• Monday, Nov 30, 2020
  • Last Update : 03:23 am

What happened to the Hippocratic Oath?

  • Published at 07:26 pm May 14th, 2020
doctor medicine ethics
Photo: BIGSTOCK

Many hospitals have been turning away patients for fear of Covid-19, with tragic consequences

It was shocking to read, a few days ago, that a doctor was not able to manage to get her father, a senior government official with kidney complications, admitted in hospital unless he had been tested for Covid-19 and had a certificate. 

According to the reports which I read, she tried to get him admitted to as many as a dozen hospitals, government and private. Without the appropriate ICU treatment, he died. It would appear that these hospitals, collectively, caused the patient’s death. 

If the country was not in the middle of a pandemic, I would have suggested that this sort of case -- many others similar to this have been reported in the media -- should be investigated by the Bangladesh Medical and Dental Council as it is empowered by a 1980 act of parliament to “look after public interest by maintaining proper medical and dental standards.” 

In any case, some way should be found to reprimand the various hospital authorities concerned and the individual doctors who were responsible for hastening the unfortunate death of this man.

In addition, it has been reported that dialysis patients who go to hospitals once or twice a week for dialysis are being turned away if they do not have a certificate to say that they are not infected by coronavirus. 

Doctors in Bangladesh, on qualification, sign up to a Bangladesh version of the 1948 World Medical Association’s “Declaration of Geneva.” This is a modern version of what is known as the Hippocratic Oath, which is the promise that doctors make to keep to the principles of the medical profession. 

This appalling attitude of doctors reminds me of the many government doctors who refuse to be posted in rural areas at the beginning of their careers. They fail to see that rural experience could broaden their education, including widening their knowledge of medicinal herbs and plants.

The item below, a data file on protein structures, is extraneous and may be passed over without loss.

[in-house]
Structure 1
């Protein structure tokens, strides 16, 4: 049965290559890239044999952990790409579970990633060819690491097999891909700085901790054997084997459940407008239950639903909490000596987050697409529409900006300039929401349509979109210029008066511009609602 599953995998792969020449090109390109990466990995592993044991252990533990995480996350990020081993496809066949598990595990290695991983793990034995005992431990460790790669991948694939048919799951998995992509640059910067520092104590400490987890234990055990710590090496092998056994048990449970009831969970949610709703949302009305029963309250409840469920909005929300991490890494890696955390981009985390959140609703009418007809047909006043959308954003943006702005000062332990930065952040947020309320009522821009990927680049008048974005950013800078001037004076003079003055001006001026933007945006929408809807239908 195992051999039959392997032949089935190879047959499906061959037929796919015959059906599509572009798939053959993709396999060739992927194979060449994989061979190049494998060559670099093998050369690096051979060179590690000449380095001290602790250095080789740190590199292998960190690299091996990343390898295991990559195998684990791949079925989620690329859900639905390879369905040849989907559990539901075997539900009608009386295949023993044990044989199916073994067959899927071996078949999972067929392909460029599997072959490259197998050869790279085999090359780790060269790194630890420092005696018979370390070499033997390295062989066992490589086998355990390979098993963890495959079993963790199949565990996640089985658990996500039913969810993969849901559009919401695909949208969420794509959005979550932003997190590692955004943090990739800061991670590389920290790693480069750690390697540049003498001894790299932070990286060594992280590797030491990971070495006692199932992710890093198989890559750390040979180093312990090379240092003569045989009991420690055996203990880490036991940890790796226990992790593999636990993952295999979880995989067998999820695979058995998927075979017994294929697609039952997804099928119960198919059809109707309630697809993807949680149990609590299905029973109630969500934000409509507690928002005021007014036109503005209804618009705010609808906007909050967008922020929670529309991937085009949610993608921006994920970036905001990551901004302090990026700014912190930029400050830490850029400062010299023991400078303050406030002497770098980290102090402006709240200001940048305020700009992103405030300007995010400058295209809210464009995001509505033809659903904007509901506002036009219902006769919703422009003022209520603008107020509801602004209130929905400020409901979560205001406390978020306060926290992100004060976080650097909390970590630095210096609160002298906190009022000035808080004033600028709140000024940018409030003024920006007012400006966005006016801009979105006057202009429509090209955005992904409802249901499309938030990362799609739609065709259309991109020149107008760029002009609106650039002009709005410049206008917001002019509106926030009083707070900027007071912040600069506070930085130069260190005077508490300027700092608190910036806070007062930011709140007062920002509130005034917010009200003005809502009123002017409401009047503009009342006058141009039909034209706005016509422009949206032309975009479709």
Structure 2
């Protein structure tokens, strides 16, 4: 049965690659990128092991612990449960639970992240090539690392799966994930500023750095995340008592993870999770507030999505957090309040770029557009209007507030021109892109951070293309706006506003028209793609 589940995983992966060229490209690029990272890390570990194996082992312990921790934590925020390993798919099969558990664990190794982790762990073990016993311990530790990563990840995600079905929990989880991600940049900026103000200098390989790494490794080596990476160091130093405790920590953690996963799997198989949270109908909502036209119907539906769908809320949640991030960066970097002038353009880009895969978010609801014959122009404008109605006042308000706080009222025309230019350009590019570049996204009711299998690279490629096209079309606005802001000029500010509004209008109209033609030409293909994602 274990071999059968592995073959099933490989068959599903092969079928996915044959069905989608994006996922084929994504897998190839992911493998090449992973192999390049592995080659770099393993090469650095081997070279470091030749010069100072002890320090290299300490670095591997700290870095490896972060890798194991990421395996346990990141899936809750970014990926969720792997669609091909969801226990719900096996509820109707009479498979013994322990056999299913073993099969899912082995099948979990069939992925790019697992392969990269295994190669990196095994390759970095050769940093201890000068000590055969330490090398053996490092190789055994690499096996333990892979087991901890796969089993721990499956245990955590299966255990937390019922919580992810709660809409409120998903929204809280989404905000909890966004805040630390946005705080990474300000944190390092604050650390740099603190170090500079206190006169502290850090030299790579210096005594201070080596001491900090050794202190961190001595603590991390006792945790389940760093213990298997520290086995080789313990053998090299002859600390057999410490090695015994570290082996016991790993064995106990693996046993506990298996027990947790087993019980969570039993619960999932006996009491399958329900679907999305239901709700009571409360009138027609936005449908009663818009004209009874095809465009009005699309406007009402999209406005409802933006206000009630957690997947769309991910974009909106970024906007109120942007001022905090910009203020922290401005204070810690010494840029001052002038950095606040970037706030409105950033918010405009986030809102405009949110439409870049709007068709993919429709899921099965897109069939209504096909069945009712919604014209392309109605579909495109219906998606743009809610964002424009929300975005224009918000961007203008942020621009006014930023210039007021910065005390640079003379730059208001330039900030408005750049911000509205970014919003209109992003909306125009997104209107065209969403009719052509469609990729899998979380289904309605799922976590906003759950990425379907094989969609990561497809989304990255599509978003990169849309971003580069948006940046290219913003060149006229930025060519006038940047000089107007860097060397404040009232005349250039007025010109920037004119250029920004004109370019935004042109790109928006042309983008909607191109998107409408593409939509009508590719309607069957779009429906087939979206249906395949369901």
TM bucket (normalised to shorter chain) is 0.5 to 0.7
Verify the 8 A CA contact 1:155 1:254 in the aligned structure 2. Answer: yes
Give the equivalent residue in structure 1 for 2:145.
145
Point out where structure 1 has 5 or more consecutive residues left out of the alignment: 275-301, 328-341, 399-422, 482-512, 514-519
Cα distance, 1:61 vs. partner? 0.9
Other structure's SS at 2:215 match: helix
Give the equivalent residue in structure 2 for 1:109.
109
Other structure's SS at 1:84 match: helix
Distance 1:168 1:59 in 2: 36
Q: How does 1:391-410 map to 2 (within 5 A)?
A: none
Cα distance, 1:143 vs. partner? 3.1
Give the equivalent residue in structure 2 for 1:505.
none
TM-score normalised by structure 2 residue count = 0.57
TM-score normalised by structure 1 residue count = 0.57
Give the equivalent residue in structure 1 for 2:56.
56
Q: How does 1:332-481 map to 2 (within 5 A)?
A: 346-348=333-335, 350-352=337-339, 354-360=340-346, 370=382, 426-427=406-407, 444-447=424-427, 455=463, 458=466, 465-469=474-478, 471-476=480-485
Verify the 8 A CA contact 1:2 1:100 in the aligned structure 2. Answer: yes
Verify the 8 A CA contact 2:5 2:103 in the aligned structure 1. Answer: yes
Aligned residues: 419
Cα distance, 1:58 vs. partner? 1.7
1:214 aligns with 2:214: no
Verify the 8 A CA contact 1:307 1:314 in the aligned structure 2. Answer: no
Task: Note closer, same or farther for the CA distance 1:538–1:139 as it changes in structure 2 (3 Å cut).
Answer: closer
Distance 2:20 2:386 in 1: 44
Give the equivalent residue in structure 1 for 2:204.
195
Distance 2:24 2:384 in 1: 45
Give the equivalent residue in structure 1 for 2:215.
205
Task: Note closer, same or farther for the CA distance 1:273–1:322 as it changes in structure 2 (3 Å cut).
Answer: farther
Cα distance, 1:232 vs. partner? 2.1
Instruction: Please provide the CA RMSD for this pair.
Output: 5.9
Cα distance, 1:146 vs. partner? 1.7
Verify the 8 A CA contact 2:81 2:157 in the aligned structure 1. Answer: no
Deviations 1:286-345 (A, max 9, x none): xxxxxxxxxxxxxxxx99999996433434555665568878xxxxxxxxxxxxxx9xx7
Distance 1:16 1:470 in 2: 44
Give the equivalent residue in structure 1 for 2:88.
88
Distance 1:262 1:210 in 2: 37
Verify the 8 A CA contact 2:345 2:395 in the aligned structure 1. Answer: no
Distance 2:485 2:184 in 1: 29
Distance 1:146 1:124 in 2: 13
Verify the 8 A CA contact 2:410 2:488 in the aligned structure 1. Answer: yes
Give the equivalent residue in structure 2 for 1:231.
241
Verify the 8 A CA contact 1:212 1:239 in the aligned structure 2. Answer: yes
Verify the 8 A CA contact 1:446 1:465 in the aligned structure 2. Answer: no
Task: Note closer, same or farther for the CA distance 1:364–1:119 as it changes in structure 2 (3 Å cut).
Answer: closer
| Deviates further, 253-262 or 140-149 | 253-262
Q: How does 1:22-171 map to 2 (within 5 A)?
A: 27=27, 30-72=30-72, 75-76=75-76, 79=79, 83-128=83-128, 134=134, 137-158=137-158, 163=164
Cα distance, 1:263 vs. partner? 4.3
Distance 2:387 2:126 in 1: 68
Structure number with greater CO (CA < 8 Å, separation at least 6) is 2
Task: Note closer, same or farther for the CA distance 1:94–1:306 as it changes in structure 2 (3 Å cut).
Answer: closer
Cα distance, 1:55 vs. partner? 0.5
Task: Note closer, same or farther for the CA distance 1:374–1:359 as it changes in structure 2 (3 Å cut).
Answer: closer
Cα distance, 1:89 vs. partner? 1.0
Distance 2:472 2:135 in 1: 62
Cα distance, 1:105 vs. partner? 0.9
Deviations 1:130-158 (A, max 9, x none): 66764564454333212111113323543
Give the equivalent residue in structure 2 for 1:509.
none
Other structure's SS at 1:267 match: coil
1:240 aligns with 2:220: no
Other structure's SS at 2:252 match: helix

On another medically related matter, it is good to learn that finally the low cost rapid test kits for coronavirus, developed by Gonoshasthaya Kendra (GK), have been handed over to Bangabandhu Sheikh Mujib Medical University (BSMMU) for performance trial. It is understood that progress has only been possible by intervention at the highest level. 

There are many in the medical and pharmaceutical fields who have not forgiven Dr Zafrullah Chowdhury, the founder of GK, for his role in the formulation of the National Drug Policy in 1982 which then banned the importation of over 1,700 locally and internationally produced drugs which were either dangerous, or combinations of similar or incompatible ingredients, or because they could be produced by local companies instead of being imported. 

A list of essential drugs, in their generic forms, was drawn up for use in all systems of the health care system. This action was met with howls of protest from the transnational drug companies, who feared a serious loss of profits if more countries followed Bangladesh’s example.

Later on in 1994, the revised General Agreement on Tariffs and Trade liberalized international trade and therefore made such “restraints on trade” illegal, thus favouring the interests of large transnational companies. They then became free to flood the Bangladesh market with non-essential pharmaceutical products.

A contributory factor to the demise of the drugs policy in Bangladesh was the failure of the Bangladesh Medical Association (BMA) to support it. Many doctors opposed the legislation from the outset, seeing it as a threat to their professional freedom; those who owned a pharmacy had a financial interest in prescribing lavishly.

Fast forward to 2020, Covid-19 and the promotion of Remdesivir for treatment of coronavirus. Not yet approved, as far as I am aware, anywhere in the world, clinical trials are reported to have shown that on acutely ill patients, recovery time of 15 days has come down to 11 days. Many companies, including in Bangladesh, are surging ahead to produce the drug, but at what cost? 

Figures per treatment have been reported to vary between $390 and $4,500. This is both confusing and mind-boggling, to say the least.

I am lost for more words! 

Julian Francis has been associated with relief and development activities of Bangladesh since the War of Liberation. In 2012, the government of Bangladesh awarded him the ‘Friends of Liberation War Honour’ in recognition of his work among the refugees in India in 1971, and in 2018 honoured him with full Bangladesh citizenship.

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